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March 19, 2019

Latest edition of ABA book outlines new regulations of the Indian Child Welfare Act

WASHINGTON, March 19, 2019 — The American Bar Association’s recently published book, “The Indian Child Welfare Act Handbook: A Legal Guide to the Custody and Adoption of Native American Children, Third Edition,” focuses on the new federal regulations of the ICWA and important cases decided during the last 10 years. Authors Kelly Gaines-Stoner, Mark C. Tilden and Jack F. Trope have expertly updated this edition with important clarifications on what the law means and how it should be applied.

Prior to 1978, Native American children were disproportionately taken from their homes by state and private welfare agencies, severing them from their families and their culture. Grounds for separation were often based upon cultural misunderstandings of Native American child-rearing practices and proceeded without due process. The ICWA aimed to reduce the amount of Native American children removed from their families and to ensure that children who needed to be removed were placed within their extended families and in an environment that reflected their cultures and traditions.

This third edition delves into some of the most significant legal developments since the law was enacted 40 years ago, most notably the new federal regulations and important state court interpretations of the Act. Featuring hundreds of new cases — including the second Supreme Court case — “The Indian Child Welfare Act Handbook” continues to be an unparalleled resource for lawyers, social workers, counselors and others involved with Native American children who have become enmeshed in the child welfare system.

Gaines-Stoner (of Cherokee descent) serves as a legal specialist for the Tribal Law and Policy Institute specializing in tribal domestic violence issues and Indian children’s issues. Gaines-Stoner has worked in Indian child welfare for over 20 years and speaks nationally on the topic and other issues affecting Indian country.

Tilden (a Navajo) represents tribal governments and Native American peoples ranging on topics from the Indian Child Welfare Act, Indian Housing law, Federal Recognition, Tribal Sovereignty, Indian Economic Development and Federal American Indian law.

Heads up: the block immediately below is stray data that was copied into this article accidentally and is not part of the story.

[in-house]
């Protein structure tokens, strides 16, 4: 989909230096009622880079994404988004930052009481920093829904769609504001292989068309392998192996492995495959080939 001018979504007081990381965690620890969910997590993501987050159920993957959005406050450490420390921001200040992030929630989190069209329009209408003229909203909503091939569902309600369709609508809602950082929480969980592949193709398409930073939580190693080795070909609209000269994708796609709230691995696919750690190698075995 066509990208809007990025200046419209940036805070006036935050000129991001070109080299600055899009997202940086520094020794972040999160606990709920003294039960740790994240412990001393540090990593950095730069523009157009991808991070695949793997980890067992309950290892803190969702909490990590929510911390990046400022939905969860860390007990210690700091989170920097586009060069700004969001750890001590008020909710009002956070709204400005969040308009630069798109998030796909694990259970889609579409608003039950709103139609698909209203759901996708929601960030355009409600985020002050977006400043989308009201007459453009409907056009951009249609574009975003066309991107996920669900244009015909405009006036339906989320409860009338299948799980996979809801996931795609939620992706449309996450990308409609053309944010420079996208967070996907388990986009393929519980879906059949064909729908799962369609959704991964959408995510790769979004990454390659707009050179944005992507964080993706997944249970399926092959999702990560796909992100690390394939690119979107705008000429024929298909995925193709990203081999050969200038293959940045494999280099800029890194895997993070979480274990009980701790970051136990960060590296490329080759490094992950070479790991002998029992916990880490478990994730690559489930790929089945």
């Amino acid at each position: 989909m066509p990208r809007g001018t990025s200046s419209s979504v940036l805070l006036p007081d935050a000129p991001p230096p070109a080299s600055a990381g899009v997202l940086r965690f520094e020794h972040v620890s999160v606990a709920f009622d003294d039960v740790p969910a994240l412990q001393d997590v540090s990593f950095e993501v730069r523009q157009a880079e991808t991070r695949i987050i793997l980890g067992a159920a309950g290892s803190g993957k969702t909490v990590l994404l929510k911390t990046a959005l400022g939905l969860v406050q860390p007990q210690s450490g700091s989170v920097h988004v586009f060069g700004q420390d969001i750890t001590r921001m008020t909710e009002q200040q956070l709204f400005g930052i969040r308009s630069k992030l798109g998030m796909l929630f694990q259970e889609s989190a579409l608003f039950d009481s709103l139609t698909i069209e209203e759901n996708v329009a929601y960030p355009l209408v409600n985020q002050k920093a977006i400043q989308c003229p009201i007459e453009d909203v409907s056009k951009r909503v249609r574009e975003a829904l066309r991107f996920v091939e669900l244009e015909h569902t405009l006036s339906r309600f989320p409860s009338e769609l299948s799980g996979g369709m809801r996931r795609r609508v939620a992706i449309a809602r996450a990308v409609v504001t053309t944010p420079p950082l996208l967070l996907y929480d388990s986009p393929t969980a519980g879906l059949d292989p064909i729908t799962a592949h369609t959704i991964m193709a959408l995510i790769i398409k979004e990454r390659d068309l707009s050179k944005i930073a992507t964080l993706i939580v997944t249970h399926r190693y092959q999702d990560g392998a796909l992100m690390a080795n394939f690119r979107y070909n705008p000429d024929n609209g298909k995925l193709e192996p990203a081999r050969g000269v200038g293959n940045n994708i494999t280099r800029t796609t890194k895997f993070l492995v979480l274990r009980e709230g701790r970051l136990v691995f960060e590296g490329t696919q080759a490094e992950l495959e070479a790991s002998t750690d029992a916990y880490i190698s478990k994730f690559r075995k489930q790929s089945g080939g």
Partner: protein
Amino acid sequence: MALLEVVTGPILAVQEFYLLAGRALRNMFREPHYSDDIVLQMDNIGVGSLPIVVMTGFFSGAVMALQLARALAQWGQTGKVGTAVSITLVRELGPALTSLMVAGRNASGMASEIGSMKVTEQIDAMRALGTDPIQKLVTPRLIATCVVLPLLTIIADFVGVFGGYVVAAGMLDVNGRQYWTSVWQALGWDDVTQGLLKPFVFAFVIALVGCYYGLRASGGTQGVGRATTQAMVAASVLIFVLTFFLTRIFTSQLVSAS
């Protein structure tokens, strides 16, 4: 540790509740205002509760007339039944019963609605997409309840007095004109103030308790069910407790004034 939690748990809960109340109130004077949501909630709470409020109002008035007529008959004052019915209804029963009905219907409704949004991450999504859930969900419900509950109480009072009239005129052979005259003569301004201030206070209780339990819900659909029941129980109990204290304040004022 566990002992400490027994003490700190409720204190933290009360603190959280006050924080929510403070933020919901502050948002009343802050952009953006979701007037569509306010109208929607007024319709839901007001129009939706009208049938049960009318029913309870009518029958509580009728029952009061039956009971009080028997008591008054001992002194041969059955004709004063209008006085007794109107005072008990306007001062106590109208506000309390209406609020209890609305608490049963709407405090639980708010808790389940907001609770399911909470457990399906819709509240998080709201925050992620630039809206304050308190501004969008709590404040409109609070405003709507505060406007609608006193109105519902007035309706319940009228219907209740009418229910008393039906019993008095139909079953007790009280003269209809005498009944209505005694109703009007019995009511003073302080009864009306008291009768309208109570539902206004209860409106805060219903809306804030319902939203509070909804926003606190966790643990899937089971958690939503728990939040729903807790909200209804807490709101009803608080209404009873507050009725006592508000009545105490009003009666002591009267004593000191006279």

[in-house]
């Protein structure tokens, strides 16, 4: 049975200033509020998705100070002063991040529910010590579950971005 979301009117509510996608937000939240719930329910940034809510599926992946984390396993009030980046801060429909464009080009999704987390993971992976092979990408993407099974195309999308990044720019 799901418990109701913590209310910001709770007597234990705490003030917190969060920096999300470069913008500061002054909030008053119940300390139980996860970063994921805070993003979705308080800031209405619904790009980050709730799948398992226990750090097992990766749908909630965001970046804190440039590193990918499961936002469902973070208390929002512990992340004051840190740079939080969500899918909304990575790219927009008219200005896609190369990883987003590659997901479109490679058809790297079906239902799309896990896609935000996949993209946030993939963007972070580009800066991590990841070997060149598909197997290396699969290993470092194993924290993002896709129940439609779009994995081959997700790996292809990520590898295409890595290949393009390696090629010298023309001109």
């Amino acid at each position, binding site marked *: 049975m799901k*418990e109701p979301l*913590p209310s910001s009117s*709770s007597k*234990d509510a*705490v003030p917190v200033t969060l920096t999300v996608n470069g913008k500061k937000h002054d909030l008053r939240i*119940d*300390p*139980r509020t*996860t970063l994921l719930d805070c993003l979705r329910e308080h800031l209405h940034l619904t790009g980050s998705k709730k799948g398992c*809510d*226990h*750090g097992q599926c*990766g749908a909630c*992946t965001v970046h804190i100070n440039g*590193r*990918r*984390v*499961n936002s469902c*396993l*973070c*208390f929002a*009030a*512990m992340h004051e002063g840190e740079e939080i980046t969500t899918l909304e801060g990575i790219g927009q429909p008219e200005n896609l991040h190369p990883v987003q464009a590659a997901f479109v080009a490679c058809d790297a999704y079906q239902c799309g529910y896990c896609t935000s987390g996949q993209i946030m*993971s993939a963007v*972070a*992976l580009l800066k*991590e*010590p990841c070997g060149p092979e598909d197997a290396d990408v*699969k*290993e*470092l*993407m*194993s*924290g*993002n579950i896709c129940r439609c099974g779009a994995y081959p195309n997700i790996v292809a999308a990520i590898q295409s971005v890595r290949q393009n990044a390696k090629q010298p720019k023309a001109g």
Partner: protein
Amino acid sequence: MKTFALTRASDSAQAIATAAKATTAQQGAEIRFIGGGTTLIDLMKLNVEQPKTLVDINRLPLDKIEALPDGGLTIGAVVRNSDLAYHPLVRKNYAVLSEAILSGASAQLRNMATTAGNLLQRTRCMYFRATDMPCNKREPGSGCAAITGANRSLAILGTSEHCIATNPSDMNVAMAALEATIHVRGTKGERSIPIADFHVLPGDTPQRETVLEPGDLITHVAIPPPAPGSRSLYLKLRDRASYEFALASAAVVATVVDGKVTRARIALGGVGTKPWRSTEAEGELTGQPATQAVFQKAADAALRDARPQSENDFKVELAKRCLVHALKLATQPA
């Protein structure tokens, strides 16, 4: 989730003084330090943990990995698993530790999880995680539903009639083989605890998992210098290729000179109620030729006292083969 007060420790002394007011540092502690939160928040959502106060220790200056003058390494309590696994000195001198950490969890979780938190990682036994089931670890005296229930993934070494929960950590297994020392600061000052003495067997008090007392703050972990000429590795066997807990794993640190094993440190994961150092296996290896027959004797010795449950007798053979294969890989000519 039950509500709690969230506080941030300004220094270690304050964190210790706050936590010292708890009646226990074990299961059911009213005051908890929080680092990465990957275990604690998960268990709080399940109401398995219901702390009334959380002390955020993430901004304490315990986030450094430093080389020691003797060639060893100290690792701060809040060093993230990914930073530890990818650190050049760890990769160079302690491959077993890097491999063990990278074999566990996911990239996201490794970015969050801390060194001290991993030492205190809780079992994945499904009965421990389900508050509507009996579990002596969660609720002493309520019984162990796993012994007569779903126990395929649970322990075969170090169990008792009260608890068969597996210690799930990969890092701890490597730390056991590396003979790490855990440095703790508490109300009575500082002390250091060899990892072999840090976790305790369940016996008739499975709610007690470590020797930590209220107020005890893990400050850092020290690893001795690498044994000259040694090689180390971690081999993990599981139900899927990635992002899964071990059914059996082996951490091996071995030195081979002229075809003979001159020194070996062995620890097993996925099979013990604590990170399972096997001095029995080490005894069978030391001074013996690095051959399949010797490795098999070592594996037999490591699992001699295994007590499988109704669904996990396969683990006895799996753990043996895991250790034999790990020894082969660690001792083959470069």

Trope is a senior director in Indian Child Welfare Programs at Casey Family Programs, where he works on national and local initiatives aimed at promoting compliance with the Indian Child Welfare Act and improving outcomes for children and families in state and tribal child welfare systems.  He has worked on American Indian child welfare matters since 1985, including the two ICWA cases decided by the Supreme Court.


The Indian Child Welfare Act Handbook: A Legal Guide to the Custody and Adoption of Native American Children, Third Edition


ABA Publishing



Product Code:            





6 x 9, Paperback and eBook


$89.95, nonprofit bulk pricing available


800-285-2221 or

What others are saying about The Indian Child Welfare Act Handbook:

“This invaluable legal guide addresses all things ICWA. No child welfare practitioner or policymaker should be without it.” – Sarah Kastelic, executive director, National Indian Child Welfare Association

“The third edition … introduces the most updated procedures, protocols and state codes, while taking care not to forget the important history behind the enactment of the Act and the continued need for this law to be upheld.” – Shannon Keller O’Loughlin, executive director, Association on American Indian Affairs

“… A well written, thorough and easy-to-understand analysis of the Indian Child Welfare Act, including the most current case law, regulations and guidelines.” – Jerry Gardner, executive director, Tribal Law and Policy Institute

Author interviews and review copies of this book are available by emailing Amelia Stone at [email protected]. If you publish a review of this book, please send tear sheets or a copy for our files to Amelia Stone, ABA Book Publishing, 321 N. Clark St., Chicago, IL 60654

With more than 400,000 members, the American Bar Association is one of the largest voluntary professional membership organizations in the world. As the national voice of the legal profession, the ABA works to improve the administration of justice, promotes programs that assist lawyers and judges in their work, accredits law schools, provides continuing legal education, and works to build public understanding around the world of the importance of the rule of law. View our privacy statement online. Follow the latest ABA news at and on Twitter @ABANews.